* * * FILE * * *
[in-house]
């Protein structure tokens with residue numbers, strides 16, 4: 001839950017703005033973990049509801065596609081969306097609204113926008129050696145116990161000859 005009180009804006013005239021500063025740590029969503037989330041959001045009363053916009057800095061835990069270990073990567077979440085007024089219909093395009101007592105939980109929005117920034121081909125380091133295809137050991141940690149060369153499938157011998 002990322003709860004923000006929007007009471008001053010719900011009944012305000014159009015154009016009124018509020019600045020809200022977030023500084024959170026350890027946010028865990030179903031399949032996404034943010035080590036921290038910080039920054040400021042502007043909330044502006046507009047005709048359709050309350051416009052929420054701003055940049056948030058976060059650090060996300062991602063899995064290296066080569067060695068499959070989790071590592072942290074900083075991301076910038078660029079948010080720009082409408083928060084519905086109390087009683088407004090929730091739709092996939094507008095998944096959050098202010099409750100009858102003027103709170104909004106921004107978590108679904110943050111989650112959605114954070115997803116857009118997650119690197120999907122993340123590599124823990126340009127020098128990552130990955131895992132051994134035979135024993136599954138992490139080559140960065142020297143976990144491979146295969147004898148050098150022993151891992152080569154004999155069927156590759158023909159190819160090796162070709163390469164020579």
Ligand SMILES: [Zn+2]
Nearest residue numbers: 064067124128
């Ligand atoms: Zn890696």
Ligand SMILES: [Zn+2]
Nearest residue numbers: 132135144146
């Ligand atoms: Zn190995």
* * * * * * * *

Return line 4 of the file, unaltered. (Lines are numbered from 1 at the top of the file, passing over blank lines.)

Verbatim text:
Nearest residue numbers: 064067124128